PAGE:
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High-Risk Nutritional Practices in Various Cultures Essay

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Updated: Jul 22nd, 2022

Nutrition takes a considerable place in every person’s life. Food is one of the critical factors that make people live longer and happier. Those who eat well have fewer health issues and thus can spend their energy on something valuable and meaningful. Undoubtedly, the essential role of food is to maintain the functioning of the human body. However, many other factors determine the quantity, quality, and composition of food in different countries (Marilyn, 2016). These include the level of wealth, religious requirements, cultural characteristics, and other aspects of the life of a particular group of the population. The purpose of this paper is to discuss different geographically specific high-risk nutritional practices in the West and the East.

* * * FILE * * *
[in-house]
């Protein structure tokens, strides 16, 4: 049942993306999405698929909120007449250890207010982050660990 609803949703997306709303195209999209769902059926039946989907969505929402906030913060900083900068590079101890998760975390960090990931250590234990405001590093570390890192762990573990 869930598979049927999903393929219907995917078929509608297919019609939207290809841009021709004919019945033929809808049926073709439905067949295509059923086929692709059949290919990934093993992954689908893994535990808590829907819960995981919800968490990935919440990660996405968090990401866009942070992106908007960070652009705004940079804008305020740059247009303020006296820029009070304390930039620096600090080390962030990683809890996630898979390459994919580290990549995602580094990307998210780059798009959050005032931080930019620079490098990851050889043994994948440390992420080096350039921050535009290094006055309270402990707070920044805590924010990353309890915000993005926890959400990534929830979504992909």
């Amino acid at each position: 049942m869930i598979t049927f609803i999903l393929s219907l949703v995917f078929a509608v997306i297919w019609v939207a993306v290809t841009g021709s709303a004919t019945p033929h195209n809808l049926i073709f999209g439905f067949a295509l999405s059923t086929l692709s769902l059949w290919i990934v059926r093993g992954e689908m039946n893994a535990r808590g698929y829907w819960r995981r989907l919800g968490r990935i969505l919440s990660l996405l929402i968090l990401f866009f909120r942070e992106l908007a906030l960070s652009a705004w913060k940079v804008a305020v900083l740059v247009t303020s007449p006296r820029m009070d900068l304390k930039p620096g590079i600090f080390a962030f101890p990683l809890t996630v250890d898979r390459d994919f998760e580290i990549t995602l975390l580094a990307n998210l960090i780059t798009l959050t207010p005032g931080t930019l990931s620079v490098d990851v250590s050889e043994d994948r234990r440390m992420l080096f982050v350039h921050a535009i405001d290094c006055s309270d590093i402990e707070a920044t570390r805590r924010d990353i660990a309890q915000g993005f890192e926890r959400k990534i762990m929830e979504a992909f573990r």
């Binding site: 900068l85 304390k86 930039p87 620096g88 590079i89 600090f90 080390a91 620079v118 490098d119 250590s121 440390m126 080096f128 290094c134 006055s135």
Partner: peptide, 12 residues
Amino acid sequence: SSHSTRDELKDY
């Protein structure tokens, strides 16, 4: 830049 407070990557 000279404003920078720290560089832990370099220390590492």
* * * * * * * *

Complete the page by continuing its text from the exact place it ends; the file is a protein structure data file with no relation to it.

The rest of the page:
Western Europe is one of the most developed parts of the planet. Many people in this area live in countries with sustainable economies. They can afford any type of food and do not always think about how healthy their food is. However, many countries have food traditions that can be detrimental to the health of their inhabitants. These countries include, for example, Germany, Czech Republic, Austria, and Hungary.

The diet of the inhabitants of Germany includes a significant amount of fatty meat, for example, sausages or cutlets. The classic German meal includes sausages, sauerkraut and potatoes. , heavy fried food, full of toxins and cholesterol, leaves its mark on the body of every person who regularly eats it. This type of diet can lead not only to obesity but also to problems with various organs. First, the heart suffers because it is strongly affected by cholesterol. Other organs can also be affected, for example, the liver and kidneys, which must process all the substances that enter the body.